Alternative Site for Collecting Blood

The jugular vein is the most common place to draw blood from a horse; however, this is not always possible. If the jugular vein is damaged or if the horse is no longer tolerant of the procedure, there is an alternative location to draw blood, said Honor Ame Walesby, DVM, MS, Dipl. ACVS, of Louisiana State University, during her presentation at the 2003 American Association of Equine Practitioners' convention. Walesby discussed a technique for safely drawing blood from the facial venous sinus as an alternative to the jugular vein.

The facial venous sinus is found several inches below the eye where the transverse facial vein dilates. "As much as 35 mL of blood can be taken from this sinus," said Walesby. She added that this should provide enough blood for most testing requirements, and this site can be used multiple times in one day.

Walesby drew blood from the jugular vein and the facial venous sinus from 25 horses at Louisiana State University and compared the values for packed cell volume and total plasma protein to see if the blood would yield the same values. No differences were detected, allowing Walesby to conclude that blood from the facial venous sinus would be valid for testing procedures.

"Additionally, venipuncture (puncture of a vein) at this location is well tolerated by the patient," said Walesby. "If the animal is head-shy or difficult to restrain, then adequate control can generally be achieved with a twitch or a lip chain."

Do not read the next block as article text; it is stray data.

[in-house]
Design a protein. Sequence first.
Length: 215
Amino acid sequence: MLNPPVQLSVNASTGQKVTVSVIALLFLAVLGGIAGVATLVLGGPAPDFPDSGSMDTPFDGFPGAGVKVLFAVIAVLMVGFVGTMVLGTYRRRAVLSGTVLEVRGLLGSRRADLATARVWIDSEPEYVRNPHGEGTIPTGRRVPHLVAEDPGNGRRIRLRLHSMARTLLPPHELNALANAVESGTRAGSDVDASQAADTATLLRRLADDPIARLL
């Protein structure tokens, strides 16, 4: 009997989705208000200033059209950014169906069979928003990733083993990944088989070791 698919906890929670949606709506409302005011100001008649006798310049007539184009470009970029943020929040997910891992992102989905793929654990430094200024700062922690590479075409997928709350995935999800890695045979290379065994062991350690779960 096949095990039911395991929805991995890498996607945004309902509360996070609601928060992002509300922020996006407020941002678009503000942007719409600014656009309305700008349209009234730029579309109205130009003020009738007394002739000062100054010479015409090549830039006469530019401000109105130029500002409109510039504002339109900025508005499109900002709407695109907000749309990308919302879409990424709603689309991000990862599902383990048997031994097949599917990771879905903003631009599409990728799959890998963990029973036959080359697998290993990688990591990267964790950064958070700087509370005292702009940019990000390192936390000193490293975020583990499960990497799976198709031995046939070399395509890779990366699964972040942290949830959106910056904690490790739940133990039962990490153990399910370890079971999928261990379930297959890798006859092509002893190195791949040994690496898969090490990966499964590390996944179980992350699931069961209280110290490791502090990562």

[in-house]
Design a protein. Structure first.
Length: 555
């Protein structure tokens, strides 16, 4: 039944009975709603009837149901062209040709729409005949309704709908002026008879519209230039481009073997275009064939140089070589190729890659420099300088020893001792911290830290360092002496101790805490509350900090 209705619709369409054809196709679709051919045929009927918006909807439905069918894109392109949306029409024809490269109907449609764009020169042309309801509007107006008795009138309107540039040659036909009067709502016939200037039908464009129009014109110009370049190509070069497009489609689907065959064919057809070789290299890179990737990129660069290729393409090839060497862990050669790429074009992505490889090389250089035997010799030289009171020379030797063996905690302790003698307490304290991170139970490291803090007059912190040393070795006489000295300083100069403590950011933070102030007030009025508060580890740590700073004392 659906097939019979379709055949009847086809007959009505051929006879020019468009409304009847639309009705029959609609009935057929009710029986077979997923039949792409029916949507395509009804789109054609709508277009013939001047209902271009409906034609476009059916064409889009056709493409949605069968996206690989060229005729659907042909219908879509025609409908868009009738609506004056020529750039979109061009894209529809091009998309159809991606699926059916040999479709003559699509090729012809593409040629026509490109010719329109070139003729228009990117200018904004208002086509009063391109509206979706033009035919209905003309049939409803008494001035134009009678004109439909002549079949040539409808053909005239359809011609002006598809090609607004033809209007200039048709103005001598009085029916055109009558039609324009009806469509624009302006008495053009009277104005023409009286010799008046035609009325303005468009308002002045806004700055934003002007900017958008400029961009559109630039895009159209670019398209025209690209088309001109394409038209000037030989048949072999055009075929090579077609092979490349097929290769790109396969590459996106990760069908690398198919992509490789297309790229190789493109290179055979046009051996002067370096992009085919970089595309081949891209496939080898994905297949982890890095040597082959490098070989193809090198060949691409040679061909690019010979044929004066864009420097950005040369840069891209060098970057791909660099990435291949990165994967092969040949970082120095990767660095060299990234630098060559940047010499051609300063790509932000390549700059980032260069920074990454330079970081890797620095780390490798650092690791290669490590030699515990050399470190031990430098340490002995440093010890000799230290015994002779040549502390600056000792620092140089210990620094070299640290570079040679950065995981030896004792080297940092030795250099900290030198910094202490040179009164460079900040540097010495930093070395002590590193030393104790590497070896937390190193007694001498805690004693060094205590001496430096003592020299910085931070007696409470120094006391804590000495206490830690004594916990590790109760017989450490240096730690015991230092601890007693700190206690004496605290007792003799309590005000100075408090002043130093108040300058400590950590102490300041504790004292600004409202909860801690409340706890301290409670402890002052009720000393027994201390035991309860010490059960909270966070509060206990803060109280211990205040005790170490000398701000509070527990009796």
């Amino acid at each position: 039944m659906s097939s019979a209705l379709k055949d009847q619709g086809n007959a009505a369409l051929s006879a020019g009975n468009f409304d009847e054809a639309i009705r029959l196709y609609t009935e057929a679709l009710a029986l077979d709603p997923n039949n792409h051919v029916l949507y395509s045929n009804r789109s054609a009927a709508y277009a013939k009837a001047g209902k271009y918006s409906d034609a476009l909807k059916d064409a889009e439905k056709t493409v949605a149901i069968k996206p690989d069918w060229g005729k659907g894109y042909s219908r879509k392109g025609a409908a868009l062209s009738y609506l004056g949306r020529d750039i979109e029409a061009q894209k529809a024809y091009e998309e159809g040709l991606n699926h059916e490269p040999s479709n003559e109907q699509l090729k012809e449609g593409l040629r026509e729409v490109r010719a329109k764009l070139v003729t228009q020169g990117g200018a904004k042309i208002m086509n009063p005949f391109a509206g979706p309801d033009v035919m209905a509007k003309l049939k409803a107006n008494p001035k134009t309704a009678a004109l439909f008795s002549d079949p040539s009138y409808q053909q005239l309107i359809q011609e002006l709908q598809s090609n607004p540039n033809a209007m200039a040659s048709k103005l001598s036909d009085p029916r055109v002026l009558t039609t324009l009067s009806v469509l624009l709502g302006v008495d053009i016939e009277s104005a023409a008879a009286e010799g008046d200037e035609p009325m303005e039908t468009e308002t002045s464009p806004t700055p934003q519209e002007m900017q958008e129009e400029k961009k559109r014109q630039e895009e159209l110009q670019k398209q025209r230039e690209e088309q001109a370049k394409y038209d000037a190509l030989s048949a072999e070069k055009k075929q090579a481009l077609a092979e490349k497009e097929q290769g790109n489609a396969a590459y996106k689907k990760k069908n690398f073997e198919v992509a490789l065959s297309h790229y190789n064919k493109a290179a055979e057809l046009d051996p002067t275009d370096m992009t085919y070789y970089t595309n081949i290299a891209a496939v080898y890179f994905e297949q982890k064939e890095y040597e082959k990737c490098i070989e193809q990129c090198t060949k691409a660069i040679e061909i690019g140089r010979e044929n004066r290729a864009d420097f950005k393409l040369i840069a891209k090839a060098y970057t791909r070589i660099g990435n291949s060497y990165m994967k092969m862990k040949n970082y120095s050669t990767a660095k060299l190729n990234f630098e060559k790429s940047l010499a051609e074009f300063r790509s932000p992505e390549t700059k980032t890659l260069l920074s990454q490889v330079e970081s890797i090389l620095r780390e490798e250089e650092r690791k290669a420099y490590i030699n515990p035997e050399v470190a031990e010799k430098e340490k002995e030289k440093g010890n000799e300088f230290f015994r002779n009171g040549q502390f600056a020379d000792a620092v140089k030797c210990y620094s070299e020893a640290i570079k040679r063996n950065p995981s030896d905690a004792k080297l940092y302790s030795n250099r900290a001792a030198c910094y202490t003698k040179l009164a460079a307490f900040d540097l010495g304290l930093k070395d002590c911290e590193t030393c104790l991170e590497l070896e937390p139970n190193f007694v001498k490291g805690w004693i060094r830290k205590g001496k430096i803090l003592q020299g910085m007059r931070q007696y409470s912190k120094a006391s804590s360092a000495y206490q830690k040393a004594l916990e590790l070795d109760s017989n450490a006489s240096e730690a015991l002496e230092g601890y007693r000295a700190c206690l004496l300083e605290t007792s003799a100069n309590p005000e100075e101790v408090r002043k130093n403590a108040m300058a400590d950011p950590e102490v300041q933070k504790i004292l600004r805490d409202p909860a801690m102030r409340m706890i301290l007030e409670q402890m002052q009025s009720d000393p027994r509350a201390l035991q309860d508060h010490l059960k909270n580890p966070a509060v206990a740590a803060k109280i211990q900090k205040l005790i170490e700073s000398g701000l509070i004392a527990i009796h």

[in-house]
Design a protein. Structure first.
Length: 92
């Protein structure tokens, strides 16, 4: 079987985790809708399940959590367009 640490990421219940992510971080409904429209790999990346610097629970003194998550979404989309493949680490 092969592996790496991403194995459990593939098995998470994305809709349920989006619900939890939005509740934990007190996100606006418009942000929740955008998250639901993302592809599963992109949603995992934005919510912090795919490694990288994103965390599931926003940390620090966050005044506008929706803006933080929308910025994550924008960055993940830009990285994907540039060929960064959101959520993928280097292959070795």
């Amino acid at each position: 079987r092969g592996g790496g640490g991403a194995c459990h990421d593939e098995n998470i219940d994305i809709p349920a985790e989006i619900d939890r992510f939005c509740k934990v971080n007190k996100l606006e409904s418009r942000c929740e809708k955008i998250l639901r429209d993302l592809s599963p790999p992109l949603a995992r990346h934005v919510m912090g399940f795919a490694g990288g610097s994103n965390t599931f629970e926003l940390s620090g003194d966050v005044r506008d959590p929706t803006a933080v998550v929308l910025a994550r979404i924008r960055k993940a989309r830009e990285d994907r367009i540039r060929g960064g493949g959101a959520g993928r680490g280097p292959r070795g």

She warned that the area could become sore and swollen with multiple collections, and that horses with extreme head shyness might not tolerate the technique.

Walesby prefers the facial venous sinus to other alternative sites for blood collection, such as the lateral thoracic vein, which runs along the lower side of the chest cavity, and the medial saphenous vein, which runs down the inside of the hind leg. The skin over the lateral thoracic vein is highly sensitive and the creation of hematomas in this area due to drawing blood could interfere with the girth and performance. The medial saphenous vein is not easily accessible and could put the person drawing blood at risk of injury from the horse.

Walesby emphasized that the facial venous sinus is safe, easily accessible, and therefore a viable location for blood collection.

About the Author

Sarah Evers Conrad

Sarah Evers Conrad has a bachelor’s of arts in journalism and equine science from Western Kentucky University. As a lifelong horse lover and equestrian, Conrad started her career at The Horse: Your Guide to Equine Health Care magazine. She has also worked for the United States Equestrian Federation as the managing editor of Equestrian magazine and director of e-communications and served as content manager/travel writer for a Caribbean travel agency. When she isn’t freelancing, Conrad spends her free time enjoying her family, reading, practicing photography, traveling, crocheting, and being around animals in her Lexington, Kentucky, home.

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